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Positive Dog Parenting

by Rolan Tripp, DVM and Susan Tripp, MS/P

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Pet Professional Training Tip

Always keep pet treats in your pockets. Put a treat in one hand and place that hand at your side giving the dog access to lick but not eat the treat. This will help keep the dog by your side.

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Introduction

Exercise enthusiasts know that jogging is one of the healthiest forms of aerobic exercise - for both the human and canine jogger!  A dog is a wonderful jogging companion but it is more fun for both if certain rules are followed.

You want the dog to realize that it is in the dog's best interest to keep a loose leash because a tight leash means the walk stops..

The Rules for Road

Just like with humans, dogs must gradually build up their exercise endurance. If you have a dog that is out of shape or older, this is especially important. Before training for that 25K run with your canine companion, make sure both of you are in good health and extend the amount of exercise gradually over a period of time. It would be a good idea for you both to have a training schedule so that neither one of you overdoes it.

Canine Jogging Companions

Begin your jogging routine with a brisk walk to warm up. This also allows the dog to sniff, urinate and enjoy a sensory sensation! Once the jogging starts, teach the dog that you decide when to start and stop the jogging. It's a good idea to stop jogging and slow to a walk before, during and after your jog to allow the dog to sniff and empty the tank. If the dog does urinate or defecate, the jogger needs to stop and give the dog this time.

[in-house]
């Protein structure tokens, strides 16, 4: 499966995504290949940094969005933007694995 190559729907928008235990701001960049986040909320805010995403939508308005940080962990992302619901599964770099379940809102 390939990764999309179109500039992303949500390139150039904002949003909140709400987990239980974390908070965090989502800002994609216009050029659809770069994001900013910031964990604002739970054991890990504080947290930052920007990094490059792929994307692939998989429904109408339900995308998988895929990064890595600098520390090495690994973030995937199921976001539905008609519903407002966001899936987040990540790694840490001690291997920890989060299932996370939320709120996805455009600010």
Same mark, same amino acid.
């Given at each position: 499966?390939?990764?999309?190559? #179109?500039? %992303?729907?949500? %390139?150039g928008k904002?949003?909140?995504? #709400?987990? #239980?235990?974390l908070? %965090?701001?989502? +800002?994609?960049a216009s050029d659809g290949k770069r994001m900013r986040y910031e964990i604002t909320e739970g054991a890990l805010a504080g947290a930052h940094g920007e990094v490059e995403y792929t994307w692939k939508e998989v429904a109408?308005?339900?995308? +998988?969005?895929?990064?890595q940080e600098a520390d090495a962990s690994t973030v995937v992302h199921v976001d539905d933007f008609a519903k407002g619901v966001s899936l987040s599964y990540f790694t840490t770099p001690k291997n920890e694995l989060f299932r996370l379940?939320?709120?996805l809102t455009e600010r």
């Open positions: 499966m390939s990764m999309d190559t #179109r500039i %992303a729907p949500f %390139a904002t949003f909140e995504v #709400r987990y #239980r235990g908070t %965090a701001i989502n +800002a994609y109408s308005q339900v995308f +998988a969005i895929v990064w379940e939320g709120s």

Remember to clean up after your dog to keep dogs welcome in jogging areas.  The easiest way to do this is to keep baggies and a plastic grocery bag in your pocket. Reverse the baggie to glove your hand to pick up the feces. Then put the baggie into the plastic grocery bag for easier handling until you can dispose of the feces and in a waste receptacle.

Praise the dog for jogging at your side without pulling ahead or lagging behind. 
 If he or she begins to pull, then simply give the instruction, "Easy" as a reminder with a gentle, quick tug on the leash. Soon the dog should understand that "easy" means to ease-up on the lead. You want the dog to realize that it is in the dog's best interest to keep a loose leash.

It's an excellent idea is to teach the dog to stop at every curb. Cue the dog by slowing down as you approach the curb.  Just before the curb, tell the dog to "Wait."  This instruction cues the dog to stop and wait for permission to cross the curb. If the dog  steps off the curb, pull the dog back or use a body block and say, "No!" followed by the instruction, "Wait." Praise the dog for complying. You may want to ask the dog to sit and wait. Do not do any heavy jerking. Simply make it impossible for the dog to proceed once the "wait" instruction is given.

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